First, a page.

“(Complainant) stated that the Charger stopped, and the driver turned to look at her and ‘flipped me off,’” the report said. That driver was described as a black woman in her mid to late 30s, possibly 40s. The Charger then turned onto Ellis Drive, and the complainant followed, taking photos of the Charger, which she showed police. The tag came back to a Charger with an expired registration and “unknown insurance,” and owned by a South Bryan man. A deputy went to find the owner, who said the car “was primarily driven (by a woman) and also stated that she knows not to drive that vehicle.”

The deputy and the officer spoke to the woman, who said she didn’t drive it. She also said it wasn’t insured. “She denies that she was driving the vehicle and believes that someone else was driving the vehicle and has a history of her car being stolen.”

The woman said at that time she was “tending to her horses and was away from her vehicle so she could not have known if her car was gone or not.”

The complainant got a case number. Her photos were taken as evidence.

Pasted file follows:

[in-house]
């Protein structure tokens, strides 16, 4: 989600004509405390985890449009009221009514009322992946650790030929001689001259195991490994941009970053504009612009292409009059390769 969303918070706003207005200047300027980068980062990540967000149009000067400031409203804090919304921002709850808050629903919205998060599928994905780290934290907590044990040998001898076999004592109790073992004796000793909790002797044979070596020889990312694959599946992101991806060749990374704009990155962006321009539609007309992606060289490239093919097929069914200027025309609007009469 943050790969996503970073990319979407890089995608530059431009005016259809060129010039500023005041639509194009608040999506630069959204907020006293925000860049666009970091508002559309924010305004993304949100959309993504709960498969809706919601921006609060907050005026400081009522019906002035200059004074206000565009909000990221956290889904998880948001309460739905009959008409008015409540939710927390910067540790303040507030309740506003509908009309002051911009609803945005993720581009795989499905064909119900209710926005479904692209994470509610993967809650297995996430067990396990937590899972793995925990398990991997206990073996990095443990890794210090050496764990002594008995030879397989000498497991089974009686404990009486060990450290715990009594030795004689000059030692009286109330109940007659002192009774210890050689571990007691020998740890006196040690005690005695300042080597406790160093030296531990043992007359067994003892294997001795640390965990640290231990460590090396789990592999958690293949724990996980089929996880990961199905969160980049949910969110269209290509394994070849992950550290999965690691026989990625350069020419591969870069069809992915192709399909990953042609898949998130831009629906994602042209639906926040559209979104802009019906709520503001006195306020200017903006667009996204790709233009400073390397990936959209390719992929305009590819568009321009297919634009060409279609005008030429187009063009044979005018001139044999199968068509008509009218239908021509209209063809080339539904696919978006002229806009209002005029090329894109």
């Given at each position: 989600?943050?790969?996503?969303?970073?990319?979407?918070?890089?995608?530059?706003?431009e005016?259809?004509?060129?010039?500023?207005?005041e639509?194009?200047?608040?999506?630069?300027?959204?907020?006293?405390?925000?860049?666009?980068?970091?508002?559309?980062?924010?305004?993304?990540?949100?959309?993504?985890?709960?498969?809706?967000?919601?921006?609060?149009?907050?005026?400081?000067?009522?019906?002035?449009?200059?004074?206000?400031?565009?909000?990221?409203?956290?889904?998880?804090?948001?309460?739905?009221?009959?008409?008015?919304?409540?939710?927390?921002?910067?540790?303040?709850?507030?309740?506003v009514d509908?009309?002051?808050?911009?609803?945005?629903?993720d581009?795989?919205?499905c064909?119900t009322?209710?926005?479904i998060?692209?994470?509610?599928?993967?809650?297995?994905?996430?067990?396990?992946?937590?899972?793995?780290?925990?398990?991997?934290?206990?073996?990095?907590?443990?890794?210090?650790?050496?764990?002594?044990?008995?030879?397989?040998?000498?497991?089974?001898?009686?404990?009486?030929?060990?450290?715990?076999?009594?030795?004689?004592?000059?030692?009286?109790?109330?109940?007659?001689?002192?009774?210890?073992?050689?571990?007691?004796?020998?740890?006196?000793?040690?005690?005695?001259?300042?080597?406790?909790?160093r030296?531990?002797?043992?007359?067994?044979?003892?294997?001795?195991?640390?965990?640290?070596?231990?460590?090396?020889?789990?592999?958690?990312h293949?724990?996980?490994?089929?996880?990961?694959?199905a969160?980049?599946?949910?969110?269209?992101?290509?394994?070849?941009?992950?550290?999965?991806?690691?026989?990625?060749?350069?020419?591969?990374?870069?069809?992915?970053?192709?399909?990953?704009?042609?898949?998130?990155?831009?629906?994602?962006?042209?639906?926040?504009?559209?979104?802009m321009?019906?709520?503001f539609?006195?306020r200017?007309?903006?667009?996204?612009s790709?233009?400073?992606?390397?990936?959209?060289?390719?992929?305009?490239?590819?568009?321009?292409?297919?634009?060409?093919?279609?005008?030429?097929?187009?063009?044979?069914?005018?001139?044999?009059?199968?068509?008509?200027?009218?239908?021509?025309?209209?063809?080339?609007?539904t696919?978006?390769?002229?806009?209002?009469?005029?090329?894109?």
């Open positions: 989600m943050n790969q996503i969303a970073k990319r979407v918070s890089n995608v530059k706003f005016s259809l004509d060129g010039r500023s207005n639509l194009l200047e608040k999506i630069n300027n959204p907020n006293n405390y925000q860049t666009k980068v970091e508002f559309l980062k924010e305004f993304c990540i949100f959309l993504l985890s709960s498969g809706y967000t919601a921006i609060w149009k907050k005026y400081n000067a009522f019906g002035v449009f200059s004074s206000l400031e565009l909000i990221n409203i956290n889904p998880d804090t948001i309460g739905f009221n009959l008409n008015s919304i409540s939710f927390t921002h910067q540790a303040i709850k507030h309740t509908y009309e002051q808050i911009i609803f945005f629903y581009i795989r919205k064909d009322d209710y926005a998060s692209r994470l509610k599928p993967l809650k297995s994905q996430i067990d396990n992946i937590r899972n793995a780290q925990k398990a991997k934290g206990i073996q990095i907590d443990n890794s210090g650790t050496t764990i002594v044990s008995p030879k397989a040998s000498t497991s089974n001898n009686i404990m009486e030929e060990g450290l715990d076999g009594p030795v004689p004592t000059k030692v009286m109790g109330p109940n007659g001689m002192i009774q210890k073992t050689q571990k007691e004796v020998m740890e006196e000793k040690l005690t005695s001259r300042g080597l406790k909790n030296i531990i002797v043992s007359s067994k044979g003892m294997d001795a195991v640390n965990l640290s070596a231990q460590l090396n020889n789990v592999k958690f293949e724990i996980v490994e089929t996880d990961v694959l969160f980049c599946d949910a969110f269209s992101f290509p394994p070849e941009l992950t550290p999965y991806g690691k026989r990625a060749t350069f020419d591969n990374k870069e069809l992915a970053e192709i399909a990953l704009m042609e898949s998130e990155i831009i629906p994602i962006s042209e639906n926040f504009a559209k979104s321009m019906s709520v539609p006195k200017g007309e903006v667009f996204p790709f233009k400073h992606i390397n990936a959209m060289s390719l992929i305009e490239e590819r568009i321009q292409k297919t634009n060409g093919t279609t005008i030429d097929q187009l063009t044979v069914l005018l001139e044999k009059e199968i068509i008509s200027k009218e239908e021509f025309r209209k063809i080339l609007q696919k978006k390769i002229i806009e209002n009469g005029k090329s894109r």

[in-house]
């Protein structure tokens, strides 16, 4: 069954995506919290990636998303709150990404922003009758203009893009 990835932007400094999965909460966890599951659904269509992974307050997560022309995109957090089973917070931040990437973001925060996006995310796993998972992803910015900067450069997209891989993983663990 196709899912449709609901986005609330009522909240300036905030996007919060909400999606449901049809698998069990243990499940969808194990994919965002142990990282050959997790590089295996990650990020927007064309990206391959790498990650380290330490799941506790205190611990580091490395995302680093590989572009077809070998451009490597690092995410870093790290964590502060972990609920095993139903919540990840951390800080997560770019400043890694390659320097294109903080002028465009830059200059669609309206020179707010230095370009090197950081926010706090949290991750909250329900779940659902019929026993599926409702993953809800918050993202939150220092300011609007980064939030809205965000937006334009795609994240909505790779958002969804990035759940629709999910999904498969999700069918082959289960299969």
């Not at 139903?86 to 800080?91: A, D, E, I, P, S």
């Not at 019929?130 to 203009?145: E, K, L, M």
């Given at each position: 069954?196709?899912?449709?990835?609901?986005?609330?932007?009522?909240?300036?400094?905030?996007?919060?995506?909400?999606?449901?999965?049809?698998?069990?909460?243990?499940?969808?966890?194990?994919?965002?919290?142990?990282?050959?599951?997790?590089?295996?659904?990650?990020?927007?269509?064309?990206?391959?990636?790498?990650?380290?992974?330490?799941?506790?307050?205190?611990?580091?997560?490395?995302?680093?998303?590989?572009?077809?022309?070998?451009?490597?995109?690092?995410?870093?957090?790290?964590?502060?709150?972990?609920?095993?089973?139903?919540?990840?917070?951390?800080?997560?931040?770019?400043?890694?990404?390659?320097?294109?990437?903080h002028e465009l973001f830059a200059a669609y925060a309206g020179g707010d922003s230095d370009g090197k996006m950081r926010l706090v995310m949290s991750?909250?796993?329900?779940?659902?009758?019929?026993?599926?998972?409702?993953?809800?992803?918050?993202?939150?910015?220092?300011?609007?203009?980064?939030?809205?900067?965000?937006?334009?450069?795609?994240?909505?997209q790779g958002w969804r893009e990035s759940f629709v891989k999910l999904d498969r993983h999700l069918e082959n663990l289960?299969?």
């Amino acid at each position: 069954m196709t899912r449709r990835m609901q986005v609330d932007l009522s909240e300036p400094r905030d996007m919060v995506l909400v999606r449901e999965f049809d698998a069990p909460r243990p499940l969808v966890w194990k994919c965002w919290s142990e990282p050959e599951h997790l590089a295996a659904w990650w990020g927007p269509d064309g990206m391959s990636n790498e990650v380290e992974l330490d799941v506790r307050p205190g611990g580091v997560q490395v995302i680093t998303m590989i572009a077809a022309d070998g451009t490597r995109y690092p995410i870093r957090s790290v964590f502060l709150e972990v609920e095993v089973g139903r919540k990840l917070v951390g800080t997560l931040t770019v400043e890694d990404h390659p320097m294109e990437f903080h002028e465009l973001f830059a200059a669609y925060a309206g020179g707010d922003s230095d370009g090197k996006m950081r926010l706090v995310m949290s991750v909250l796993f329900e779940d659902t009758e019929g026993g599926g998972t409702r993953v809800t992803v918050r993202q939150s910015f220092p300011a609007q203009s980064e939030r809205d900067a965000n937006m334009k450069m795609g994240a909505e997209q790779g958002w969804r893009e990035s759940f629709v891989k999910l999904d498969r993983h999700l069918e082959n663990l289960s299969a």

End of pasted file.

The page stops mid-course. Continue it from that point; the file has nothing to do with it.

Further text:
Domestic dispute: Police were sent to a Richmond Place subdivision address shortly after 7 a.m. Sept. 3 due to a verbal argument between a man and wife. There, they met the husband standing outside, who “stated that the argument erupted this morning about 15 minutes before he placed the 911 call. He stated that his wife … became angry as they were preparing to evacuate due to Hurricane Dorian.”

The husband said the argument had been going on a few days “because she wants to evacuate to see one of her best friends and he wants to take this opportunity to visit his son in Alabama,” the report said, and the husband said he spent the night in the guest room to keep the argument from getting worse.

“(He) stated that this morning, after he believed she left the residence, he went into their master bedroom and started to pack for the trip to Alabama,” the report said. “While in his bedroom he decided to lay down in their bed. He stated that as he was in bed, (his wife) entered their bedroom and threw a bowl of oatmeal in his direction, at him.”

The man was asked if he was injured but refused to answer. He told police he wanted her to leave and he called 911 after his wife told her daughter to call 911.

Officers saw the oatmeal, but the man wouldn’t say if it hit him and the woman “did not want to cooperate” and evacuated. Nobody was arrested, but because the argument happened in front of two children, the incident was reported to the Department of Family and Children’s Services.